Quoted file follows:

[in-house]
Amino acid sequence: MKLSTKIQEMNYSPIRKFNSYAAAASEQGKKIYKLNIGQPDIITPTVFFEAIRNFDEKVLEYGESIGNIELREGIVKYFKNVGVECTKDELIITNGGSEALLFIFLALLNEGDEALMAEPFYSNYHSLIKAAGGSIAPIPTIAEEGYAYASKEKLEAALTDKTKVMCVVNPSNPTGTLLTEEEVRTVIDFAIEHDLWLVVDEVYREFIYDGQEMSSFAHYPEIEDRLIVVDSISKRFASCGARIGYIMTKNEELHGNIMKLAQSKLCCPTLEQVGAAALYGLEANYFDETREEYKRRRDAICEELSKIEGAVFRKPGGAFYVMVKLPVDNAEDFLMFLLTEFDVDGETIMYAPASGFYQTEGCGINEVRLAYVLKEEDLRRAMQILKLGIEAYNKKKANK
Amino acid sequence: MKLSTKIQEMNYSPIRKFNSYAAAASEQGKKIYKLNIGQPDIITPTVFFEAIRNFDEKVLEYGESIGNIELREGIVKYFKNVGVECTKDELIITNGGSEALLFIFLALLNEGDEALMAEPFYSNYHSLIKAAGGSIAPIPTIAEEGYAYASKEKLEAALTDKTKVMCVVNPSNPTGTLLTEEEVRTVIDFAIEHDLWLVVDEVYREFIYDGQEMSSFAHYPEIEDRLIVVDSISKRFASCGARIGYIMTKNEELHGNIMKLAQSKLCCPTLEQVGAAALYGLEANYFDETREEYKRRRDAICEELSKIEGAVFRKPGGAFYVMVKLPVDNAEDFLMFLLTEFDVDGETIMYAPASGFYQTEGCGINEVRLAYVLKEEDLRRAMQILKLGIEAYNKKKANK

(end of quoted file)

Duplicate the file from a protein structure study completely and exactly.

[in-house]
Amino acid sequence: MKLSTKIQEMNYSPIRKFNSYAAAASEQGKKIYKLNIGQPDIITPTVFFEAIRNFDEKVLEYGESIGNIELREGIVKYFKNVGVECTKDELIITNGGSEALLFIFLALLNEGDEALMAEPFYSNYHSLIKAAGGSIAPIPTIAEEGYAYASKEKLEAALTDKTKVMCVVNPSNPTGTLLTEEEVRTVIDFAIEHDLWLVVDEVYREFIYDGQEMSSFAHYPEIEDRLIVVDSISKRFASCGARIGYIMTKNEELHGNIMKLAQSKLCCPTLEQVGAAALYGLEANYFDETREEYKRRRDAICEELSKIEGAVFRKPGGAFYVMVKLPVDNAEDFLMFLLTEFDVDGETIMYAPASGFYQTEGCGINEVRLAYVLKEEDLRRAMQILKLGIEAYNKKKANK
Amino acid sequence: MKLSTKIQEMNYSPIRKFNSYAAAASEQGKKIYKLNIGQPDIITPTVFFEAIRNFDEKVLEYGESIGNIELREGIVKYFKNVGVECTKDELIITNGGSEALLFIFLALLNEGDEALMAEPFYSNYHSLIKAAGGSIAPIPTIAEEGYAYASKEKLEAALTDKTKVMCVVNPSNPTGTLLTEEEVRTVIDFAIEHDLWLVVDEVYREFIYDGQEMSSFAHYPEIEDRLIVVDSISKRFASCGARIGYIMTKNEELHGNIMKLAQSKLCCPTLEQVGAAALYGLEANYFDETREEYKRRRDAICEELSKIEGAVFRKPGGAFYVMVKLPVDNAEDFLMFLLTEFDVDGETIMYAPASGFYQTEGCGINEVRLAYVLKEEDLRRAMQILKLGIEAYNKKKANK